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HOMEIT SecurityIPA/ISEC in JAPAN:virus and UCA incident report for August2011

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IT Security

IPA/ISEC in JAPAN:virus and UCA incident report for August2011

September 9, 2011

IT Security Center
Information-technology Promotion Agency, Japan (IPA)

This is the summary of computer virus/unauthorized computer access incident report for August 2011, compiled by Information-technology Promotion Agency, Japan (IPA).

I. Reminder for the Month:

"Your bank account is also being targeted!?"
-Watch out for the SpyEye virus-

From June to July 2011, there were incidents involving unauthorized use of Internet banking. The police have reportedly received inquiries and reports on such incidents from about ten financial institutions. Given the seriousness of the matter, IPA issued a security alert in August as emergency countermeasure information*1.

There is a possibility that these unauthorized use incidents were caused by a virus called "SpyEye" as it contains a feature to use Japanese banks in an unauthorized manner.

IPA has acquired a type of SpyEye (v1.3.45) and is conducting an analysis. Not every detail has been analyzed yet, but based on the analysis results currently available, we explain what kind of virus SpyEye is, how this virus works after the infection and measures to avoid suffering from it.

*1  IPA – "About unauthorized access to domestic Internet banking that is occurring one after another"
http://www.ipa.go.jp/security/topics/alert20110803.html (in Japanese)

(1)What is SpyEye?

"SpyEye" was originally the name of a tool to create viruses (hereinafter referred to as virus creation tool), but viruses created with this tool are also called "SpyEye". So we use this term to refer to created viruses themselves throughout this document.

Because SpyEye can easily be created by using such tool and can easily be customized, there are many subspecies with each having slightly different functions.

Figure 1-1:Image of a Virus Creator Creating a Virus by Using a Virus Creation Tool

<i>Emergence of SpyEye

SpyEye is a virus intended to steal IDs and Passwords used for Internet banking. It is said to have appeared first between late 2009 to early 2010, from an underground site*2 in Russia.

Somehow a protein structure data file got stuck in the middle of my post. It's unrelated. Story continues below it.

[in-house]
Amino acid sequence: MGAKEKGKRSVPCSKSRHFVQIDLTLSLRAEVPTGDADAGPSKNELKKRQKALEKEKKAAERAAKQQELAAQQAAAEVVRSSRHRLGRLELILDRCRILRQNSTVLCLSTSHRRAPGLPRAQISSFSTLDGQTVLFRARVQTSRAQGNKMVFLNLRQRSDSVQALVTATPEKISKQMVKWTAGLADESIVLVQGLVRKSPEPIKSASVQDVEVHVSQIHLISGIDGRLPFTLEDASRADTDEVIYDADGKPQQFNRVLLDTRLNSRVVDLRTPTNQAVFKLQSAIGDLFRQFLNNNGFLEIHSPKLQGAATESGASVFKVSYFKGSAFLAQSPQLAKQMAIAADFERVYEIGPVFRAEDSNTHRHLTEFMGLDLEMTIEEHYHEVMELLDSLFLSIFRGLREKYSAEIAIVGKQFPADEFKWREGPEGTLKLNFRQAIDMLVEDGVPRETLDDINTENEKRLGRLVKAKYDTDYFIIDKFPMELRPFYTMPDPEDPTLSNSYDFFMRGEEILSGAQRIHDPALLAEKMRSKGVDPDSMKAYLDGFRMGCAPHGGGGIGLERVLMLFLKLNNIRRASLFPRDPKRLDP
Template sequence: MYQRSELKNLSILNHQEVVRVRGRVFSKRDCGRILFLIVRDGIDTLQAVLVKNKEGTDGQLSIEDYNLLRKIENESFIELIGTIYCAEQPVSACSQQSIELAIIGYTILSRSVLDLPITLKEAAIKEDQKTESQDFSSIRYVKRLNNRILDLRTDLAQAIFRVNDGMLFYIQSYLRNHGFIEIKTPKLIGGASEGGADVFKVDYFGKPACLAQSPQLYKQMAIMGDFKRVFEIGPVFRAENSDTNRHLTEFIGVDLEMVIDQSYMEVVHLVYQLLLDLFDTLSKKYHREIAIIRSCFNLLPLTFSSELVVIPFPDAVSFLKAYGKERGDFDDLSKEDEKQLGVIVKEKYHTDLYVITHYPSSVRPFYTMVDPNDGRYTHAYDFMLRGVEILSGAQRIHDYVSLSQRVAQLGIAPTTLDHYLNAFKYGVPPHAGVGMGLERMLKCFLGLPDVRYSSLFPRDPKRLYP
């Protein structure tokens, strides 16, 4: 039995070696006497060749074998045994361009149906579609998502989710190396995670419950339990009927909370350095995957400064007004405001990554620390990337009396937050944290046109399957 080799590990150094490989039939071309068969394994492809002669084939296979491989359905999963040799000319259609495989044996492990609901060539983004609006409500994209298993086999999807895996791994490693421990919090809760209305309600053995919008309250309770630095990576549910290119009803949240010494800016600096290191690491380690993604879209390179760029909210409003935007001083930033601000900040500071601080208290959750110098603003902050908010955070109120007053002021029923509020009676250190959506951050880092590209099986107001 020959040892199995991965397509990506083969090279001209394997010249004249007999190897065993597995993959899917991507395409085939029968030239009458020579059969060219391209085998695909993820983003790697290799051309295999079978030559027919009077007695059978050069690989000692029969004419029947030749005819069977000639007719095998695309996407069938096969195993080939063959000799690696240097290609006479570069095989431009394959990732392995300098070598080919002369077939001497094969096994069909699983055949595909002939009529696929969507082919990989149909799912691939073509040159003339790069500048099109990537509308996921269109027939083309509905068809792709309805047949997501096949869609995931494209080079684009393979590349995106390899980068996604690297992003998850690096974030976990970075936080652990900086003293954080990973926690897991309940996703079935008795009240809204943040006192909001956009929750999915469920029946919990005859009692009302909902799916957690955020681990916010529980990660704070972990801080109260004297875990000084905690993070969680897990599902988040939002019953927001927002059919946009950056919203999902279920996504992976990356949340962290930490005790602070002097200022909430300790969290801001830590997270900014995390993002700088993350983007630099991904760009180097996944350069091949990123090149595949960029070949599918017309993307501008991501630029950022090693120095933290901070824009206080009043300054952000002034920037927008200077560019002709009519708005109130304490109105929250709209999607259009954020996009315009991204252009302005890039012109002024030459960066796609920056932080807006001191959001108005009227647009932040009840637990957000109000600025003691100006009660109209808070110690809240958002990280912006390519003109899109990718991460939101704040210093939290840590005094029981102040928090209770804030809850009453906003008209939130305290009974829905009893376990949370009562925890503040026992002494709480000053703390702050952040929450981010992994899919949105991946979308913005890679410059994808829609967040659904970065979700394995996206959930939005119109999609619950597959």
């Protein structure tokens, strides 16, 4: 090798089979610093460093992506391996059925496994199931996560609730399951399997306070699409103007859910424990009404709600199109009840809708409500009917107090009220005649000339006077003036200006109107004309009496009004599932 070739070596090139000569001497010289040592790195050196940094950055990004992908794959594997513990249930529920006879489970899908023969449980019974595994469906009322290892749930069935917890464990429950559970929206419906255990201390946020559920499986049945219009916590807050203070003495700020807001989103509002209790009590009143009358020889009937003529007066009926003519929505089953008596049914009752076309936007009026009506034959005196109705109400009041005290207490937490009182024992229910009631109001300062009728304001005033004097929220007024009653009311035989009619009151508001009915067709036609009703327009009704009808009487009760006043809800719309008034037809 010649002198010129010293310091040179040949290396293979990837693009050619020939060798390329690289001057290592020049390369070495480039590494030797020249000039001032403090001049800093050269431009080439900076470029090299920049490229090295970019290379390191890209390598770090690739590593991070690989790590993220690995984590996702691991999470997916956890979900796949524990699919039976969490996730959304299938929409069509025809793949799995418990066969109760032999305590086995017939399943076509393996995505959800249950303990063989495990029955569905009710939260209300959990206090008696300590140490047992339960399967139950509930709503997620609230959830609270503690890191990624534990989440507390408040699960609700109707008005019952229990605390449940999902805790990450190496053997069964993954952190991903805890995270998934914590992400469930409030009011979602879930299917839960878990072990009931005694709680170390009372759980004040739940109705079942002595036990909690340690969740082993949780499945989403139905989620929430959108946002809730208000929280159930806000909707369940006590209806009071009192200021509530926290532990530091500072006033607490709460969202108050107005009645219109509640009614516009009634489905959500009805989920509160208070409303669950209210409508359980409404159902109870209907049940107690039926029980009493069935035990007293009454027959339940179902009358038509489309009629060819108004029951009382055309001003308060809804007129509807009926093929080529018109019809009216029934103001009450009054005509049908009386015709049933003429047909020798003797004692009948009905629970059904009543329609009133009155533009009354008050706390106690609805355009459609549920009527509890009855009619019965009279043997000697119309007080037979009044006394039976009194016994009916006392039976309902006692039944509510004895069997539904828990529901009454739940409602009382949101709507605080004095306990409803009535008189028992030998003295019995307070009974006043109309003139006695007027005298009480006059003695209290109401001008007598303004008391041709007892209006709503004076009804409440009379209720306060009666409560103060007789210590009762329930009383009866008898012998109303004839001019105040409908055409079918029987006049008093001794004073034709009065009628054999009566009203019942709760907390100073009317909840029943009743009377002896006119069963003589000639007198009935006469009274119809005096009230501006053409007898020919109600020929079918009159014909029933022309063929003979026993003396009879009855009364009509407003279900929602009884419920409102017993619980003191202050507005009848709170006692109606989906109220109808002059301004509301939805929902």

Until then, Zeus and Zbot that are created by using a virus creation tool called "Zeus" had been the mainstream of such virus (i.e., the one that steals IDs and passwords used for Internet banking). SpyEye is thought to have been created based on this Zeus.

*2 Underground site: a website that, via the Internet, invites people to join illegal or criminal acts or that receives requests for such acts.



<ii>How it works after the infection

Through this time's analysis, we confirmed the following two activities performed by SpyEye after the infection.

  • Steals ID and password entered by a user on a website
  • Transfers, via the Internet, the obtained information to a server administered by the virus creator

If a PC was infected with SpyEye, ID and password entered by the PC user on a web page for Internet banking, etc. might be stolen and the information transferred to a specific server that controls Bot*3 –infected PCs. This means that SpyEye has the feature of botnet*4.

By using bot feature, the virus creator can replace the SpyEye on the infected PC with a new virus. And by continuously replacing with a new virus undetectable by antivirus software, the virus creator can make the infection hardly detectable and thus can obtain necessary information over a long period of infection. So SpyEye could become a serious threat to PC users.

*3 Bot: Bot is a type of virus and PCs that are infected with bot are controlled by the attacker outside via the Internet.

*4 Botnet: A network consisting of bot-infected PCs and a server that controls them.

<Reference>

(2)How SpyEye infects PCs

SpyEye infection can take the following two forms:

<i>Downloaded from a website

When a PC user visited a website, regardless of his/her intention, malicious programs like virus may be downloaded to the PC. This type of attack is called "Drive by Download" attack. "Drive by Download" attack mainly exploits vulnerabilities in operating system or applications running on the victim's PC.

Figure 1-2:Image of "Drive by Download" Attack

"Drive by Download" attack is a common maneuver for causing virus infection and it is also used for infecting PCs with SpyEye.

<Reference>


<ii>Attached to an email and sent

An attacker sends an email with a virus-infected file attached and the recipient who opens that file contracts the virus: this is also common practice for virus infection. In this technique, the attacker spoofs the email's subject, message, sender address and/or or the name of the attached file in order to get the recipient to open that file.

In recent years, "targeted attack" emails have become prevalent, in which an email carrying a virus-infected file is sent to a specific organization or individual, posing as the one from a concerned organization or individual.

<Reference>

(3)Countermeasures

<i>Eliminate vulnerabilities in operating systems and applications software